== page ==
A group of women then decided to carry out a long march – 900 kilometers to Montreal. Some 40-plus Innu women arrived in Montreal on April 22, in time for the Earth day festivities.

"We are doing this for our children," Vollant said. "In the future, there will be no more trees, no more animals, no more fish. Everything will be polluted. What will be left for our children? What kind of a life will they have?"

On June 16, after walking for six days, the marchers arrived at the construction site near the Romaine River where they were joined by Innuat from Ekuanit shit and Natasquan, the two closest communities to the Romaine River, and Uashat/ManiUtenam, as well as by supporters from the Quebecois communities in the region. Some fifty people formed a human chain before the entrance to the site, where they held their ground for eleven hours.

According to Chris Scott with the Romaine Alliance, an environmental group that is working to protect the river, the first vehicle to attempt to pass was a Hydro Quebec tour bus. The tourists were "dumbfounded" at the sight of a large group of Innu people, some dressed in traditional clothing, singing and chanting in the road. A group of children, both Innu and Quebcois, held a large colorful banner that read (in French): "Protect the Romaine River!"

"After fifteen minutes they were allowed to pass,” Scott said, “but not without an appreciation for the fact that—contrary to what one hears—there is not unanimous approval for this project, neither among the Innu nor the whites."

Scott told the visitors to "take a good look at the Grandes Chutes, because they will not be here once the dam is built. Neither will the salmon beds at the base of the falls."

The Grandes Chutes is the largest and most spectacular waterfall on the river.  Once the Romaine 1 hydroelectric station is built, directly over the site of the falls, the river behind the dam will be stored in a reservoir, then diverted around the falls. Only a trickle of water will pass, where once a volume of white water second only to Niagara crashed over a precipice, in a tempestuous display vapor and spume. This summer, the salmon returning from their two-year sojourn at sea will spawn in the gravel beds below the falls for the last time.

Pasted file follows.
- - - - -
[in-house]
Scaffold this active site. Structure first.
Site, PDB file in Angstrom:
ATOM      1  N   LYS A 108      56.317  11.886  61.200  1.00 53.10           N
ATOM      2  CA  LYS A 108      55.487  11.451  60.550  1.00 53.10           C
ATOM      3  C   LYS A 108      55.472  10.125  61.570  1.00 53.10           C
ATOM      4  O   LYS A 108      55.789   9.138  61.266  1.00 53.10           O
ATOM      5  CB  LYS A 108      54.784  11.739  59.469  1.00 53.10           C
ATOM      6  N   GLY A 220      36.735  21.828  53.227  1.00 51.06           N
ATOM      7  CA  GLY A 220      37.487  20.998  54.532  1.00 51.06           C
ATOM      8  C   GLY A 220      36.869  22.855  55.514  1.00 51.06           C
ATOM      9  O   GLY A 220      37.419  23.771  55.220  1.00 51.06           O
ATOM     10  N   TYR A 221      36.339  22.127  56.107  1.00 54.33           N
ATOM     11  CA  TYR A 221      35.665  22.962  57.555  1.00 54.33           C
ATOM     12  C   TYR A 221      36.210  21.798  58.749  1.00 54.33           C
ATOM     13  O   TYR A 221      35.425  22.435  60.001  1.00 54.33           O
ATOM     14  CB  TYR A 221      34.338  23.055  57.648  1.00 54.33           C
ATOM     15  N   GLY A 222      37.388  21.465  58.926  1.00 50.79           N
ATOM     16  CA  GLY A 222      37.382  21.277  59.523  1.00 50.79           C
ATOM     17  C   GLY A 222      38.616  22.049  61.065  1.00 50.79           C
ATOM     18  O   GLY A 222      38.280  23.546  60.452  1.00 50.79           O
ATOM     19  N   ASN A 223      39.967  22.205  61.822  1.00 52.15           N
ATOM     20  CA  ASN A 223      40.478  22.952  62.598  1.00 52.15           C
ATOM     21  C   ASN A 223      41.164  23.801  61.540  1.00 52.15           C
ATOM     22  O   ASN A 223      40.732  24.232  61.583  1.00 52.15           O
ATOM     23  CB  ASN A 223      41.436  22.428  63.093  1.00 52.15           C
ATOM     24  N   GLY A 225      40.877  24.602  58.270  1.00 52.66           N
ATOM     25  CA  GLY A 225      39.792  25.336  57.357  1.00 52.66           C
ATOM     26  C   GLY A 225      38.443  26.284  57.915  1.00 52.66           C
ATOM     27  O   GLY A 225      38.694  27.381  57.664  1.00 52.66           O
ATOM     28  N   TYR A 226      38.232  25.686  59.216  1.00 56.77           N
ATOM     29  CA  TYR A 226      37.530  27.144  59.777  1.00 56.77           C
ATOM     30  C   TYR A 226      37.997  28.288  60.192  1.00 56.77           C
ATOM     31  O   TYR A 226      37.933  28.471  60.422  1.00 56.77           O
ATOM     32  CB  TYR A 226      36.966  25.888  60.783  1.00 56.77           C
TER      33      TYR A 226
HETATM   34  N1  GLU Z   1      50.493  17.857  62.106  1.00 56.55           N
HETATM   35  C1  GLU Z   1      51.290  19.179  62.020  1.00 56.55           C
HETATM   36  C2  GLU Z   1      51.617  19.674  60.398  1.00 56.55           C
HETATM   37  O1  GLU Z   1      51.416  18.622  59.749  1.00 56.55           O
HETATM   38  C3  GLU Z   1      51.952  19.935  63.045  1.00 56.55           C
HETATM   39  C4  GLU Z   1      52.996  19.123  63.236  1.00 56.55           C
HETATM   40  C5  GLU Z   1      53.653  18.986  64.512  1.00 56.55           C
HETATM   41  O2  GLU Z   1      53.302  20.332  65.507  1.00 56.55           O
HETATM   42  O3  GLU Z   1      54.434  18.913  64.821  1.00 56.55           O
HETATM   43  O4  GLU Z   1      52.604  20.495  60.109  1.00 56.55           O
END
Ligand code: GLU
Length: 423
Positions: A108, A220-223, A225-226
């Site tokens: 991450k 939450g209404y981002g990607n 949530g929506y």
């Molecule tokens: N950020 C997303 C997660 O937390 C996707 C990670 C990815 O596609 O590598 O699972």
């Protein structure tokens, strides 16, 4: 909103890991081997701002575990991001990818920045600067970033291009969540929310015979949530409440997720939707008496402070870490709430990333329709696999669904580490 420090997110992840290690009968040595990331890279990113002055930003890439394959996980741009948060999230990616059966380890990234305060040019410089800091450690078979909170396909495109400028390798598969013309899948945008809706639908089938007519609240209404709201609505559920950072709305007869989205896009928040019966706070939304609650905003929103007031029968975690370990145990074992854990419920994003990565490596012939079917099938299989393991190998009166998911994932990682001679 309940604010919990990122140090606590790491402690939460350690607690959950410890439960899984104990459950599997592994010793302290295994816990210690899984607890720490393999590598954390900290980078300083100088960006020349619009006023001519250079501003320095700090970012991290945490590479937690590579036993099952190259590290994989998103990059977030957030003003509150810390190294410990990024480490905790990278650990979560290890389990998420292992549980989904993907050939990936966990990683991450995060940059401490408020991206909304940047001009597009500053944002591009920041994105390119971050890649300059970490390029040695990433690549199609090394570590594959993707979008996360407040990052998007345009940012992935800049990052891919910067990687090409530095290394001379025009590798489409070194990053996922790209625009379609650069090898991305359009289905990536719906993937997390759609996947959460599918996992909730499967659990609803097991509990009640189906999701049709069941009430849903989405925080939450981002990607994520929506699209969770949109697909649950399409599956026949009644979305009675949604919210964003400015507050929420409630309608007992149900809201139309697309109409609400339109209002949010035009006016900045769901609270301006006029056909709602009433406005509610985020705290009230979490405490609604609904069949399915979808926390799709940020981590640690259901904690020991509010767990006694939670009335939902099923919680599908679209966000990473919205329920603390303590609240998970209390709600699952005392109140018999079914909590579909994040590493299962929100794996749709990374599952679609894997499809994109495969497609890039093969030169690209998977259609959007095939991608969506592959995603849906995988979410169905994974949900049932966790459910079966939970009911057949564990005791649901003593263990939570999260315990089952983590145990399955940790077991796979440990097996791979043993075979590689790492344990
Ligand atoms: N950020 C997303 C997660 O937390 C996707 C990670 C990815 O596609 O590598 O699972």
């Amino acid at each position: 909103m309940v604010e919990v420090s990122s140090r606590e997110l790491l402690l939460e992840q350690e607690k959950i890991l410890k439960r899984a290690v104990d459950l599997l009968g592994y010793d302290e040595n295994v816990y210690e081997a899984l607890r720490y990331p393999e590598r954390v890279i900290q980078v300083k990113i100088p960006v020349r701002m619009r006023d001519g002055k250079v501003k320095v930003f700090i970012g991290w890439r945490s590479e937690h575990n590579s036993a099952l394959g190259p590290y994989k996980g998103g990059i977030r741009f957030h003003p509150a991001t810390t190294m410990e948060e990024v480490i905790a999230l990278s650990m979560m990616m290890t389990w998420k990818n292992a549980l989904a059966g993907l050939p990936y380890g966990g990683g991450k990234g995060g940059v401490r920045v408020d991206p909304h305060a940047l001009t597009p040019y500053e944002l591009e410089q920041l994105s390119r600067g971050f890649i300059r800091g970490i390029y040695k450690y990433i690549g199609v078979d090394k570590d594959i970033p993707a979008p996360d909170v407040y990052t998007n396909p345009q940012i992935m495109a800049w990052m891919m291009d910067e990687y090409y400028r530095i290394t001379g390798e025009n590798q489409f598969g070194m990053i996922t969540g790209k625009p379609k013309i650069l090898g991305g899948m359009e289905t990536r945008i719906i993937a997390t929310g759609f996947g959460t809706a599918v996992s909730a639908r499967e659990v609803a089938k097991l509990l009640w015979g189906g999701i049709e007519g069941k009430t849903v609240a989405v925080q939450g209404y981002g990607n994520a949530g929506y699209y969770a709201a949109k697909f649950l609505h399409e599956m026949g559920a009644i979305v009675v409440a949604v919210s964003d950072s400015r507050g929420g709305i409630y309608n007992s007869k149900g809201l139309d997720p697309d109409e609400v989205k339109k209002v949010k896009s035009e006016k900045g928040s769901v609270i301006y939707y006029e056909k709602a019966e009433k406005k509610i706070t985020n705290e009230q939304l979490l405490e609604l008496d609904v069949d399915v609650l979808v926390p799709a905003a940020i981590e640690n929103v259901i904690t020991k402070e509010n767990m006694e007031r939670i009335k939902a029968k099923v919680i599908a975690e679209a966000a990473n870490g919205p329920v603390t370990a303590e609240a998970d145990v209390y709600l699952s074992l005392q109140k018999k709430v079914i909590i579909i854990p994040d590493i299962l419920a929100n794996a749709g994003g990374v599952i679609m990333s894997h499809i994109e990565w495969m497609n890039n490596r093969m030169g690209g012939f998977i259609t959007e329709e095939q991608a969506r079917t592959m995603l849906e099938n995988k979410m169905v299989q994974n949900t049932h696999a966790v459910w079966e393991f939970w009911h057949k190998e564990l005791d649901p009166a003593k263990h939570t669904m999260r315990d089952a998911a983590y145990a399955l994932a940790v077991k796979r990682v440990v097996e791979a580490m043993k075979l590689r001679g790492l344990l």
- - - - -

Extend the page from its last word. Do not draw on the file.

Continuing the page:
The Romaine River—one of the longest in Quebec—is one of the last wild Atlantic salmon rivers that has not been dammed. The Innu have fished the Romaine River salmon, reputed to be some of the biggest in the world, for millennia. Of the sixteen rivers in Quebec listed as large rivers, the Romaine is the fourteenth to be dammed. The Romaine complex will be the fifteenth hydro-complex in Nitassinan, the Innu homeland, where already the landscape– wherever there are dams- is dominated by armadas of massive 740 kv powerlines, carrying power from the once mighty rivers that crisscross the mountainous eastern seaboard before they flow into the Atlantic Ocean.

The Plan Nord calls for developing 3,500 MW of additional hydroelectric energy (to add to the staggering 47,000 MW already produced by a province with a population of 7.5 million), including the Romaine complex. Hydro complexes are also planned for the Magpie and Petit-Mecatina Rivers in the region.

As they passed through Innu communities along the way, the group circulated a petition demanding a halt to the Plan Nord, a settlement of the Innu’s legal claims against the province of Quebec, complete information on the effects and impacts of the Plan, and a comprehensive consultation with all members of the Innu nation. The signatures will be presented to the Quebec General Assembly.

After their demonstration at the entrance to the Romaine construction site, the Innu group returned to the encampment by the highway. They continue to gather in the evenings under the canopy of the chapetoine, while they plan more actions for the coming months. At night they sleep on its fragrant carpet of spruce boughs.